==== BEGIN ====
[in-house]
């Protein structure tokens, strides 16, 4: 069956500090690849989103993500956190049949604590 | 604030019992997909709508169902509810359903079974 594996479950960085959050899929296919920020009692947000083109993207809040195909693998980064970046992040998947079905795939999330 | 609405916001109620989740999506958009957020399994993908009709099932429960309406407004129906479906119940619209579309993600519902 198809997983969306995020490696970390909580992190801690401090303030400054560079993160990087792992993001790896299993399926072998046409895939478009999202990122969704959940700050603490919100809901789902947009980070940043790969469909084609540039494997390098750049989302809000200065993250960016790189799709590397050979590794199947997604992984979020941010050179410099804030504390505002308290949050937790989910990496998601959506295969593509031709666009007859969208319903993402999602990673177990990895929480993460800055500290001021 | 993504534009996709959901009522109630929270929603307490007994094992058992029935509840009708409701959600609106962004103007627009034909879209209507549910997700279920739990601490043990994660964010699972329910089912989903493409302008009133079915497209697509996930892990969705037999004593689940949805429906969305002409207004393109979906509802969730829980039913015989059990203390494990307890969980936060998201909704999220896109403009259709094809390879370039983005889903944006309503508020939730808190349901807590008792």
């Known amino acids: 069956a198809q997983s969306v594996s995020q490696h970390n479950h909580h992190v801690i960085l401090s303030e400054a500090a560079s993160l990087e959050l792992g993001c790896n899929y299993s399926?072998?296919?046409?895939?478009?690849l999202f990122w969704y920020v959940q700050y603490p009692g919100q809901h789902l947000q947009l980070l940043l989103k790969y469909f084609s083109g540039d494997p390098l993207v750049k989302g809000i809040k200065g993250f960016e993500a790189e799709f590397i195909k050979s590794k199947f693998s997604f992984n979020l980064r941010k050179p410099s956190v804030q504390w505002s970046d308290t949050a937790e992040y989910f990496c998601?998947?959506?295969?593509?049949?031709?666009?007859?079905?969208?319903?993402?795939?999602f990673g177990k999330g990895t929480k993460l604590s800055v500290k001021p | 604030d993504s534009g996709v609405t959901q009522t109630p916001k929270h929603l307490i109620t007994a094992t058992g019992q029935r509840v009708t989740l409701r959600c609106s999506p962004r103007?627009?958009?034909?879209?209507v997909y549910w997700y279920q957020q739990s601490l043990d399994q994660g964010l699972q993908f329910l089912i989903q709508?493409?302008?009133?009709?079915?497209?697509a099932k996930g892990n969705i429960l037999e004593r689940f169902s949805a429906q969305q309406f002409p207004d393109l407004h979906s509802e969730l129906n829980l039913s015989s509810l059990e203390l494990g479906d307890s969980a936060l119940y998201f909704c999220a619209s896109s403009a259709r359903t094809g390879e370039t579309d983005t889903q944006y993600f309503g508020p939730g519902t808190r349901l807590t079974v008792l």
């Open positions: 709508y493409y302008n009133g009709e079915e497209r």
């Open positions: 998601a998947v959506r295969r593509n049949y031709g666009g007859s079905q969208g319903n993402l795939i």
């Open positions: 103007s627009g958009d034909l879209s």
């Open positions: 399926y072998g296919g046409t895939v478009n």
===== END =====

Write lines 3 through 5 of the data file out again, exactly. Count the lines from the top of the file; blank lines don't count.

């Known amino acids: 069956a198809q997983s969306v594996s995020q490696h970390n479950h909580h992190v801690i960085l401090s303030e400054a500090a560079s993160l990087e959050l792992g993001c790896n899929y299993s399926?072998?296919?046409?895939?478009?690849l999202f990122w969704y920020v959940q700050y603490p009692g919100q809901h789902l947000q947009l980070l940043l989103k790969y469909f084609s083109g540039d494997p390098l993207v750049k989302g809000i809040k200065g993250f960016e993500a790189e799709f590397i195909k050979s590794k199947f693998s997604f992984n979020l980064r941010k050179p410099s956190v804030q504390w505002s970046d308290t949050a937790e992040y989910f990496c998601?998947?959506?295969?593509?049949?031709?666009?007859?079905?969208?319903?993402?795939?999602f990673g177990k999330g990895t929480k993460l604590s800055v500290k001021p | 604030d993504s534009g996709v609405t959901q009522t109630p916001k929270h929603l307490i109620t007994a094992t058992g019992q029935r509840v009708t989740l409701r959600c609106s999506p962004r103007?627009?958009?034909?879209?209507v997909y549910w997700y279920q957020q739990s601490l043990d399994q994660g964010l699972q993908f329910l089912i989903q709508?493409?302008?009133?009709?079915?497209?697509a099932k996930g892990n969705i429960l037999e004593r689940f169902s949805a429906q969305q309406f002409p207004d393109l407004h979906s509802e969730l129906n829980l039913s015989s509810l059990e203390l494990g479906d307890s969980a936060l119940y998201f909704c999220a619209s896109s403009a259709r359903t094809g390879e370039t579309d983005t889903q944006y993600f309503g508020p939730g519902t808190r349901l807590t079974v008792l």
């Open positions: 709508y493409y302008n009133g009709e079915e497209r």
């Open positions: 998601a998947v959506r295969r593509n049949y031709g666009g007859s079905q969208g319903n993402l795939i």